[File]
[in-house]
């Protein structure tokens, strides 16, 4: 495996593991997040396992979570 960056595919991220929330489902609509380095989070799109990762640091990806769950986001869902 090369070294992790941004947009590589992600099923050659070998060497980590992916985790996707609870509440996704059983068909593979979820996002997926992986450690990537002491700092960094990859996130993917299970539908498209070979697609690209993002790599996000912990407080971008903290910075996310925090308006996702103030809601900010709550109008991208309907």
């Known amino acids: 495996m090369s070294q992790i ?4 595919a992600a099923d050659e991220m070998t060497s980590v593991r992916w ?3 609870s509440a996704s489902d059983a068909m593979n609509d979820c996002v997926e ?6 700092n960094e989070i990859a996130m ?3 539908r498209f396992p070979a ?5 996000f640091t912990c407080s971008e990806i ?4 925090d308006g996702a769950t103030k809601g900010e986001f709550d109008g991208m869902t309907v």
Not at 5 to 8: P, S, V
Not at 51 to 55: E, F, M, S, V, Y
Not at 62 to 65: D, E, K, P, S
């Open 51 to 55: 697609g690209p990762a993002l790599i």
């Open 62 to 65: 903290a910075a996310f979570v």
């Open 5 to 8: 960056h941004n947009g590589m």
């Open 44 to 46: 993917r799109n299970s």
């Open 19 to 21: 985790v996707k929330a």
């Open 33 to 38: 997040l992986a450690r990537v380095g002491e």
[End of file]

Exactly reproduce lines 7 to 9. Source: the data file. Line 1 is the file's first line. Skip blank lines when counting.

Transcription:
């Open 51 to 55: 697609g690209p990762a993002l790599i």
């Open 62 to 65: 903290a910075a996310f979570v």
């Open 5 to 8: 960056h941004n947009g590589m």